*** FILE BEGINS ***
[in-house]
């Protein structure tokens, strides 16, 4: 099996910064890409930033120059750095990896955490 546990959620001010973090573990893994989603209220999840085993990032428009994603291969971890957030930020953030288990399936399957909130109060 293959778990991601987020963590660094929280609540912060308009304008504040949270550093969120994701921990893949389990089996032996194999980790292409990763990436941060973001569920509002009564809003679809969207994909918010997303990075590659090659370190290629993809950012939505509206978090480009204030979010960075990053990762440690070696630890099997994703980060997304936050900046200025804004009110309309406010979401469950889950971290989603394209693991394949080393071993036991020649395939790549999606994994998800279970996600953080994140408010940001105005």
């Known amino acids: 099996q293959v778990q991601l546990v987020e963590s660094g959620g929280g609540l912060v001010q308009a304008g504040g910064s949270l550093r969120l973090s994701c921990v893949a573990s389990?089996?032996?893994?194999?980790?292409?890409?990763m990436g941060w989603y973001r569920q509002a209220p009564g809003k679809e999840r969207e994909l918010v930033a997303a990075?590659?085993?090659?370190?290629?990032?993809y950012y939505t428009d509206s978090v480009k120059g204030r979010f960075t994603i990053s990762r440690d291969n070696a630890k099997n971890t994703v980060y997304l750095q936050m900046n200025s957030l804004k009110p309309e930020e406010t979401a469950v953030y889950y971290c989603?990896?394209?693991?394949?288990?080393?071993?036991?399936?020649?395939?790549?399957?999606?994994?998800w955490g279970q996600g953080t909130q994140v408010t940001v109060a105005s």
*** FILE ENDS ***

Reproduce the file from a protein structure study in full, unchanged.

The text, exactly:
[in-house]
């Protein structure tokens, strides 16, 4: 099996910064890409930033120059750095990896955490 546990959620001010973090573990893994989603209220999840085993990032428009994603291969971890957030930020953030288990399936399957909130109060 293959778990991601987020963590660094929280609540912060308009304008504040949270550093969120994701921990893949389990089996032996194999980790292409990763990436941060973001569920509002009564809003679809969207994909918010997303990075590659090659370190290629993809950012939505509206978090480009204030979010960075990053990762440690070696630890099997994703980060997304936050900046200025804004009110309309406010979401469950889950971290989603394209693991394949080393071993036991020649395939790549999606994994998800279970996600953080994140408010940001105005």
């Known amino acids: 099996q293959v778990q991601l546990v987020e963590s660094g959620g929280g609540l912060v001010q308009a304008g504040g910064s949270l550093r969120l973090s994701c921990v893949a573990s389990?089996?032996?893994?194999?980790?292409?890409?990763m990436g941060w989603y973001r569920q509002a209220p009564g809003k679809e999840r969207e994909l918010v930033a997303a990075?590659?085993?090659?370190?290629?990032?993809y950012y939505t428009d509206s978090v480009k120059g204030r979010f960075t994603i990053s990762r440690d291969n070696a630890k099997n971890t994703v980060y997304l750095q936050m900046n200025s957030l804004k009110p309309e930020e406010t979401a469950v953030y889950y971290c989603?990896?394209?693991?394949?288990?080393?071993?036991?399936?020649?395939?790549?399957?999606?994994?998800w955490g279970q996600g953080t909130q994140v408010t940001v109060a105005s």